Work will now be easier for the Carter County Sheriff’s Department K-9 unit thanks to a donation from Carter County Hyundai and Carter County Dodge Chrysler Jeep. The two businesses recently gave the department scent detection boxes, and Officer Jaret Trotts said these devices make a world of difference when training dogs to search for narcotics.

“Scent detector boxes are used to allow the dog to work more independently regardless of what the handler is doing and regardless of what’s going on around them,” Trotts said. “There can be chaos going on around them, and unless they are told otherwise they are still searching for narcotics.”

The secret of scent detection boxes comes into play when it’s time for the dogs to get “paid.”

“When they get paid, a toy comes out of the box, so they think that the toy comes from the drug scent,” Trotts said. “It’s a really good tool that detaches the handler from the dogs. It makes them focus on the narcotics smell.”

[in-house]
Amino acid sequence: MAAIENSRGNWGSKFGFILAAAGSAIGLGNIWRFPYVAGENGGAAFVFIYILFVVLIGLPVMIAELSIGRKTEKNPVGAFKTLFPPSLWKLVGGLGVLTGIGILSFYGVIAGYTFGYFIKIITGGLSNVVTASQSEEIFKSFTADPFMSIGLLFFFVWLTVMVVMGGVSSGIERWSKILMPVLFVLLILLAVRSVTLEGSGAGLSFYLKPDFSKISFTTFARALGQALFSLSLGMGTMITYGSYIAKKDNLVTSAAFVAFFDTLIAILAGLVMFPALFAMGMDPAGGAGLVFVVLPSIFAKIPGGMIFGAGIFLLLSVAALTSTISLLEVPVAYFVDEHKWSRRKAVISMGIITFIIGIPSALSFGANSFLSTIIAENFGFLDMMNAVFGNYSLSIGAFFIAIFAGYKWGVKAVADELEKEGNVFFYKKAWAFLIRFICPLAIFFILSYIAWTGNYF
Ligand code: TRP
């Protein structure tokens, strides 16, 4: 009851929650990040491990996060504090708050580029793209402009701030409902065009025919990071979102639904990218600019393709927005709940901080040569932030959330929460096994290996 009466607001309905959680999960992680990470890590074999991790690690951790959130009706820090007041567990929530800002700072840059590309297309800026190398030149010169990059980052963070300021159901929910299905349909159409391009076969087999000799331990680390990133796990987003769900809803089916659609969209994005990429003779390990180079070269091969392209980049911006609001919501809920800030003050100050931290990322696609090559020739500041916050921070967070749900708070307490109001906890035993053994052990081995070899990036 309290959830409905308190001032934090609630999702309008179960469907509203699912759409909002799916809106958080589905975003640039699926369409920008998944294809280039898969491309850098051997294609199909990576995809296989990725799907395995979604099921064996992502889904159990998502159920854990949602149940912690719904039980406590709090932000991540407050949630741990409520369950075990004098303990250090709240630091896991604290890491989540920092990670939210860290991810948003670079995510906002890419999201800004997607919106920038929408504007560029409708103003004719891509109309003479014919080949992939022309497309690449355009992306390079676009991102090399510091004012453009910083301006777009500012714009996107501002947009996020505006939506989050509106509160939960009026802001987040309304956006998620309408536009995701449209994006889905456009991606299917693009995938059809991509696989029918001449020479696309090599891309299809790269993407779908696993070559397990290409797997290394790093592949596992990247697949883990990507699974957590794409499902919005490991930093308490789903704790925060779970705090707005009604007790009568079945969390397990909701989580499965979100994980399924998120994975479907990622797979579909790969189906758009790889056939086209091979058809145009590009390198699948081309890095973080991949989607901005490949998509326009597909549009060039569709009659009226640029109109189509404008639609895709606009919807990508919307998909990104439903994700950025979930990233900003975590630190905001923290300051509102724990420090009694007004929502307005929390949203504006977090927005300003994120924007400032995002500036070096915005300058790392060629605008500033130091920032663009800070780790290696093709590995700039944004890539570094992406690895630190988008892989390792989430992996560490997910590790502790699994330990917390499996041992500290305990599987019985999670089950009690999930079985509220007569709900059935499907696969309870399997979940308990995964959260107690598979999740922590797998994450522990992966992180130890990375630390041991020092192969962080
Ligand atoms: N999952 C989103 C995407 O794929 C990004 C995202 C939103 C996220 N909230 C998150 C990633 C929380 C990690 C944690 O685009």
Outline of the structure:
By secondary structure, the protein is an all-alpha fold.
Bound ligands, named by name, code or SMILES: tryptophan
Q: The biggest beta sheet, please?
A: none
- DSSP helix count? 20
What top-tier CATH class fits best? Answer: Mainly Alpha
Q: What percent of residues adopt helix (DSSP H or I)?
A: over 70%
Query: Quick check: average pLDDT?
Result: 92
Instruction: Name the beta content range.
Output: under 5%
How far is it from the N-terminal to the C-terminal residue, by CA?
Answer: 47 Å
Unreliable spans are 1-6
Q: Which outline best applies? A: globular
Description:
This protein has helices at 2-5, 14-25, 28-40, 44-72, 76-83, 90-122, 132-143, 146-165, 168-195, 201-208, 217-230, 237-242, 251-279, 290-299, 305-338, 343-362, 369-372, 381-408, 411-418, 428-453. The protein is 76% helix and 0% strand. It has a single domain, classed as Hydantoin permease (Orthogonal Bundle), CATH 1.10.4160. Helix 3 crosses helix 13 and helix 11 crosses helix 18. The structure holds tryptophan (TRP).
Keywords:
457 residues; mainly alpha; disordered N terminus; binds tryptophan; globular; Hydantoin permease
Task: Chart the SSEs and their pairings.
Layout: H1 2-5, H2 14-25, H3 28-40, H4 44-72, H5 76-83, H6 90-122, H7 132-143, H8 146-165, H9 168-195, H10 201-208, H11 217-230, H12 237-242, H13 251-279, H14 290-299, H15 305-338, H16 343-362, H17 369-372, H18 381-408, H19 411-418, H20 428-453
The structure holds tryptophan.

Trotts said that the sheriff’s department will also use the boxes when they are training with other area law enforcement agencies. K-9 units from the Ardmore Police Department, Ada, Love County and the Creek Nation all train together. In the future, they will even be able to train puppies with the boxes.

Trotts has been working with six-year-old German Shepherd Klara for over a year now. She was born in Germany, and Trotts said her pedigree is impressive.

“In 2013, her mom and her handler, the man that bred her, were selected by the Secret Service for a presidential detail,” Trotts said. “She comes from good stock. She’s a wonderful dog.”